Closer home, my neighbour’s college-going son graduated from saying ‘hello’ in different ways in Korean to eating with chopsticks. The Oxford English Dictionary has added hundreds of Korean words, he boasted to me. It was just 26 though. I checked.

Back to my watchlist, I chose ‘Search: WWW’ next. This one is more recent in the sense that it revolves around a generation raised online. No Google here, only ‘Unicon’ and ‘Barro’ — the Korean
equivalents of the search engine.

Women characters
The drama is populated by strong career women who stand their ground and put their foot down when asked to manipulate search results. Amid all unethical practices, a love story sprouts in a gaming kiosk.

As the feminist theme winds its way through poaching games and legal battles, a casual one-night stand surfaces. Bare shoulders, told you. It’s a fast-moving tale, but I wasn’t moved. In fact, I stopped at three episodes.

Goblin story
The next was ‘Guardian: The Lonely and Great God’, highly recommended by another colleague. The synopsis tells me about ‘an immortal goblin who goes to find a human bride to remove an invisible sword from his chest’. Phew!

The main draw is Kim Shin, whose charm lifts the Korean folk story. As the near-perfect male lead, he plays the ‘water, fire, wind, light and dark’. This modern take on mythology, released in 2016, had ruffled quite a few conservative feathers with a romance between a minor and a 939-year-old human-turned-deity.

I swept the controversies under the rug to take in the steady flow of beautiful people and stylised sets. The female lead, a motherless schoolgirl ill-treated by relatives, summons Kim Shin by blowing out a flame. The initial episodes double up as Tourism Canada, with the plot conjuring up magical worlds and Cinderella stereotypes.

I know the format now. I know that a knight in shining designer armour is around the corner. I find the platter digestible, nevertheless. 

Confession: By now, I’m tired of back-to-back shows. I’m just not wired to watch TV (or any screen) for long hours. I’m device-dependent at work, but back home, I keep my distance from all gadgets.

Next on the list is ‘Hospital Playlist’.

I’m worried I’m running out of steam. I am two weeks into the assignment, but will I complete the full month? In the series, I’m in good company — five doctor friends who pull all-nighters and burn themselves out at the operating table. It’s past midnight and I feel more emotionally vulnerable. I weep buckets as a little patient fails to make it.

Was the show that impactful? Duh, the next morning I wasn’t even sure I wanted to resume it. I vowed to stick to day schedules.

Next up: ‘Memories of the Alhambra’.

Those who watched it had asked me to skip the sappy sci-fi saga. But I was game for some adventure. The hero is Hyun Bin (Captain Ri from ‘Crash Landing on You’), who travels to Spain and gets drawn into an augmented reality game. The out-of-the-box theme and cool technology have me engrossed in the first hour itself. I’m intrigued by the fictional world.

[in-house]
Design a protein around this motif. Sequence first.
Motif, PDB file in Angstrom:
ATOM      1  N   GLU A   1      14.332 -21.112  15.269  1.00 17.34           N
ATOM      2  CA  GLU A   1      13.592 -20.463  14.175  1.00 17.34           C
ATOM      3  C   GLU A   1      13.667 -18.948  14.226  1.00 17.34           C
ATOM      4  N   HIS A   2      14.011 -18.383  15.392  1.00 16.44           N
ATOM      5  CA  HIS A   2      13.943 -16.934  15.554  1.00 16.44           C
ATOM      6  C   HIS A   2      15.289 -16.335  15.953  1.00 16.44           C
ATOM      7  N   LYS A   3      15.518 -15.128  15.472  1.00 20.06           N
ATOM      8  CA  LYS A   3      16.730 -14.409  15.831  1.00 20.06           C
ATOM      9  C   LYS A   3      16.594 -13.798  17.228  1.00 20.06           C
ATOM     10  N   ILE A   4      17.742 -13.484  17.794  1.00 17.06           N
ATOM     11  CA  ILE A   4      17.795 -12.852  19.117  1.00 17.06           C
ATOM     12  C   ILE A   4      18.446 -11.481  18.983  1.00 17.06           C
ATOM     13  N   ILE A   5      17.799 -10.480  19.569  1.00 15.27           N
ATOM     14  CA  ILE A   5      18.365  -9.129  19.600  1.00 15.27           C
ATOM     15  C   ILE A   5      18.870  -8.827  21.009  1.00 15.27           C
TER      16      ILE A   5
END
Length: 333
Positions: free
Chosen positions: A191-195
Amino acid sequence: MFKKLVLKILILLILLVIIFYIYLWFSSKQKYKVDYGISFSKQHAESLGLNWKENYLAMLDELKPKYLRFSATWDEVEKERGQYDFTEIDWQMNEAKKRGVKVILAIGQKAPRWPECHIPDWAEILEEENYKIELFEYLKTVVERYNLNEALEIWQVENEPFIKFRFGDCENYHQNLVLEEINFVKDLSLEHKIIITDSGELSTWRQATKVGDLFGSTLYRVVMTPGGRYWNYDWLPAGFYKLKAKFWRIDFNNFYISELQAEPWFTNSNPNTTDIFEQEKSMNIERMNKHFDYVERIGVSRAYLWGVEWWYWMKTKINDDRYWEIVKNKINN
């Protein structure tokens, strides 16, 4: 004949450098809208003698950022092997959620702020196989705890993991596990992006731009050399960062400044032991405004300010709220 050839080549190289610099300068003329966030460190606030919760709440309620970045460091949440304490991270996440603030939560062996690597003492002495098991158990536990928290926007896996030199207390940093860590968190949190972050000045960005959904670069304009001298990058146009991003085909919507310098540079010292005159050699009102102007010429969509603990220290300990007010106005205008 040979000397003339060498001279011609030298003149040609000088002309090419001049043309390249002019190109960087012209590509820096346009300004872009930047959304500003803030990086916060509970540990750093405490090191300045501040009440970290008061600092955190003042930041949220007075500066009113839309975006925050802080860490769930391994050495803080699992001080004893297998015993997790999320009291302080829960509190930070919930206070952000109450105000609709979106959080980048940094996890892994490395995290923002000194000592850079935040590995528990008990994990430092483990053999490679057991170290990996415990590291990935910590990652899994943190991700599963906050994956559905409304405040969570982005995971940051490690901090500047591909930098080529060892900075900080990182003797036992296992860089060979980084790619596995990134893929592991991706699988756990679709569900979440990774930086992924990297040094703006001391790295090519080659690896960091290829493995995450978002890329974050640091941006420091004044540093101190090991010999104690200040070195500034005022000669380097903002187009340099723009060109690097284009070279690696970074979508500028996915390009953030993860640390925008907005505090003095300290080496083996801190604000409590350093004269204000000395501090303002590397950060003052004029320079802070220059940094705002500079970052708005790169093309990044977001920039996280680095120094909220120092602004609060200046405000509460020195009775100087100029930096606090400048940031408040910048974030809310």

A week passed. I had six more series on the K-list. But I’m trapped in the tech fantasies of Alhambra. It’s the 10th episode and there are six more to go. My hero is in a dingy dungeon in Granada. I don’t intend to budge.

At the end of the K-filled month, I won’t call myself a new convert. Some shows thrilled me, some barely worked for me, some tried my patience.

But on the Metro commute, I will no longer judge people with earphones on, catching up on their favourite shows, Korean or otherwise.

What is hallyu?

A Chinese word for Korean wave, it describes the popularity of Korean culture globally. It was first used in the 1990s after Korean content reached China and Japan. Psy’s 2012 song ‘Gangnam Style’, music band BTS and shows like ‘Squid Game’ have propelled the wave further.

Insider’s view
K-dramas are popular among Gen Z and millennials but not limited to them, Tanaz Hoque of IndHangul, an Indian fan club for all things Korean, says.

Similarity with Bollywood tropes has pushed the adoption. ‘Boys over flowers’, where a rich brat falls in love with a poor girl and pursues her till she gives in, is a case in point, says Pallavi N B. “Lately, romance in K-dramas has become progressive. In ‘Extraordinary Attorney Woo’ and ‘Start-up’, men are more expressive about their feelings and respect women’s choices,” she adds.

To Kshama Basavanna, K-dramas offer a mix of Bollywood and Hollywood – “albeit silly and light-hearted, the storylines are good, and songs are meaningful and attractive”.

Their culture is also a draw. “I used to think moving out of home and staying away from parents was cool. This changed after I saw how Korean kids interact with their parents on these shows,” says the 21-year-old.
Even Sachin A G, 27, has found parallels. “The Koreans call their parents Oppa and Omma, similar to Appa and Amma in Tamil. Like us, they use incense sticks, fold the legs and sit, and eat from leaf plates.” He finds K-dramas “comforting and honest” because they depict local culture and aesthetics. “They are not trying to appeal to world audience like Bollywood,” he argues.

A filmmaker, Lakshmi Kshatriya has been watching K-dramas for the last seven months to decipher the craze. The stories are simple, often about sustaining a career and relationship, which appeal to youngsters, she has realised. However, these dramas are selling “a dream”, an escapism. “I was surprised to find so many middle-aged women watching these shows. I realised they wanted what they were seeing — to be treated respectfully like the female characters,” she explains.

Most fans can’t articulate their love for K-dramas in words but their actions speak louder. Like the Koreans, Kshama bows down to greet people, eats bibimbap, japchae and tteok-bokki, dresses up in shirts, cardigans and short flared skirts, and is decking her room with honeycomb mirror. Sachin carries a bento box to work and eats small portions. Neha Jha, 31, uses K-beauty products and chopsticks.

New to K-drama? Try these fan picks

Crash Landing On You, Sky Castle, Business Proposal, Start-up, Memories of the Alhambra, Guardian: The Lonely and Great God, Strong Girl Bong-soon, and Moon Lovers. (*Available On streaming platforms)

(With inputs from Anoushka Metrani)